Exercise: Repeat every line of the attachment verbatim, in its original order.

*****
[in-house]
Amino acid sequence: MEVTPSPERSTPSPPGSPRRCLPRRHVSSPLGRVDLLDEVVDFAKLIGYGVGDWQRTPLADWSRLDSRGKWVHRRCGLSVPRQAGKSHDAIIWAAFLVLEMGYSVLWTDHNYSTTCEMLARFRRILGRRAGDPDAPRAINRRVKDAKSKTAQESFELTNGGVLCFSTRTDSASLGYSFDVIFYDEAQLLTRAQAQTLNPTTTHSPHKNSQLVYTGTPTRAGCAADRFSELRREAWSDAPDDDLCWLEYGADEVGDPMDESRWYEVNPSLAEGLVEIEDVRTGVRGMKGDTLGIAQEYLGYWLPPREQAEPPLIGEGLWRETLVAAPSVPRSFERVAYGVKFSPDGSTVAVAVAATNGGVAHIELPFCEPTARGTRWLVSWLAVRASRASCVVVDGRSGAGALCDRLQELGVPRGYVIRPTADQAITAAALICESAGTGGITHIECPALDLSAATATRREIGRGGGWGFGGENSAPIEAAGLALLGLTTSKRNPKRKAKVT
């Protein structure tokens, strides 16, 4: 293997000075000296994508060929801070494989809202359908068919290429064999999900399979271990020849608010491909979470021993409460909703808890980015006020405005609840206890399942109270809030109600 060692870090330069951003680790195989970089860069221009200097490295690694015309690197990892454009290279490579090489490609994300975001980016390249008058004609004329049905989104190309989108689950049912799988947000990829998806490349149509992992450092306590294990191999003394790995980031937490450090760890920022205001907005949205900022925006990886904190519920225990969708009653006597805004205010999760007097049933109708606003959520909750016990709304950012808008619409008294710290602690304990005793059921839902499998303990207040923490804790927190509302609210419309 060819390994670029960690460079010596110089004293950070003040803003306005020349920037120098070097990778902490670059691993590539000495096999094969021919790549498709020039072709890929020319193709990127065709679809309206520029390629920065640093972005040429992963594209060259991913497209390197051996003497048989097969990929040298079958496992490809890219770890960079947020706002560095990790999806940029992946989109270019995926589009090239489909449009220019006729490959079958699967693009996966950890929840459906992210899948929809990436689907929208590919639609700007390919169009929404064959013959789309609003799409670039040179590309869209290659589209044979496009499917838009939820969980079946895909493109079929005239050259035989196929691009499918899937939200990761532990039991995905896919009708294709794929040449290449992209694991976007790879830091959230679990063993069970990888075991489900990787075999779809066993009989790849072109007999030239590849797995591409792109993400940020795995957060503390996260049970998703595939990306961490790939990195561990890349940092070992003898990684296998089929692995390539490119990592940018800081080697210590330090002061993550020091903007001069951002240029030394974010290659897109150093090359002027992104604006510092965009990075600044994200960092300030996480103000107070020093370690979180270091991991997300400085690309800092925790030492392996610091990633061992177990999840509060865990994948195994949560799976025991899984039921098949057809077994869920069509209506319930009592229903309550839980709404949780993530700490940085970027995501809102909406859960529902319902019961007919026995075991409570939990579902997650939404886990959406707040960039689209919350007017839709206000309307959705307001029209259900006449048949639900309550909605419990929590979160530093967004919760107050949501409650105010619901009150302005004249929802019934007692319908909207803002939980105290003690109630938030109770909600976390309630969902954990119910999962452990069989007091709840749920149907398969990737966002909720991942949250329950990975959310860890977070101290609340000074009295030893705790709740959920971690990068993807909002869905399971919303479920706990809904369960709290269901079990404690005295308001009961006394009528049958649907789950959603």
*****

[in-house]
Amino acid sequence: MEVTPSPERSTPSPPGSPRRCLPRRHVSSPLGRVDLLDEVVDFAKLIGYGVGDWQRTPLADWSRLDSRGKWVHRRCGLSVPRQAGKSHDAIIWAAFLVLEMGYSVLWTDHNYSTTCEMLARFRRILGRRAGDPDAPRAINRRVKDAKSKTAQESFELTNGGVLCFSTRTDSASLGYSFDVIFYDEAQLLTRAQAQTLNPTTTHSPHKNSQLVYTGTPTRAGCAADRFSELRREAWSDAPDDDLCWLEYGADEVGDPMDESRWYEVNPSLAEGLVEIEDVRTGVRGMKGDTLGIAQEYLGYWLPPREQAEPPLIGEGLWRETLVAAPSVPRSFERVAYGVKFSPDGSTVAVAVAATNGGVAHIELPFCEPTARGTRWLVSWLAVRASRASCVVVDGRSGAGALCDRLQELGVPRGYVIRPTADQAITAAALICESAGTGGITHIECPALDLSAATATRREIGRGGGWGFGGENSAPIEAAGLALLGLTTSKRNPKRKAKVT
């Protein structure tokens, strides 16, 4: 293997000075000296994508060929801070494989809202359908068919290429064999999900399979271990020849608010491909979470021993409460909703808890980015006020405005609840206890399942109270809030109600 060692870090330069951003680790195989970089860069221009200097490295690694015309690197990892454009290279490579090489490609994300975001980016390249008058004609004329049905989104190309989108689950049912799988947000990829998806490349149509992992450092306590294990191999003394790995980031937490450090760890920022205001907005949205900022925006990886904190519920225990969708009653006597805004205010999760007097049933109708606003959520909750016990709304950012808008619409008294710290602690304990005793059921839902499998303990207040923490804790927190509302609210419309 060819390994670029960690460079010596110089004293950070003040803003306005020349920037120098070097990778902490670059691993590539000495096999094969021919790549498709020039072709890929020319193709990127065709679809309206520029390629920065640093972005040429992963594209060259991913497209390197051996003497048989097969990929040298079958496992490809890219770890960079947020706002560095990790999806940029992946989109270019995926589009090239489909449009220019006729490959079958699967693009996966950890929840459906992210899948929809990436689907929208590919639609700007390919169009929404064959013959789309609003799409670039040179590309869209290659589209044979496009499917838009939820969980079946895909493109079929005239050259035989196929691009499918899937939200990761532990039991995905896919009708294709794929040449290449992209694991976007790879830091959230679990063993069970990888075991489900990787075999779809066993009989790849072109007999030239590849797995591409792109993400940020795995957060503390996260049970998703595939990306961490790939990195561990890349940092070992003898990684296998089929692995390539490119990592940018800081080697210590330090002061993550020091903007001069951002240029030394974010290659897109150093090359002027992104604006510092965009990075600044994200960092300030996480103000107070020093370690979180270091991991997300400085690309800092925790030492392996610091990633061992177990999840509060865990994948195994949560799976025991899984039921098949057809077994869920069509209506319930009592229903309550839980709404949780993530700490940085970027995501809102909406859960529902319902019961007919026995075991409570939990579902997650939404886990959406707040960039689209919350007017839709206000309307959705307001029209259900006449048949639900309550909605419990929590979160530093967004919760107050949501409650105010619901009150302005004249929802019934007692319908909207803002939980105290003690109630938030109770909600976390309630969902954990119910999962452990069989007091709840749920149907398969990737966002909720991942949250329950990975959310860890977070101290609340000074009295030893705790709740959920971690990068993807909002869905399971919303479920706990809904369960709290269901079990404690005295308001009961006394009528049958649907789950959603």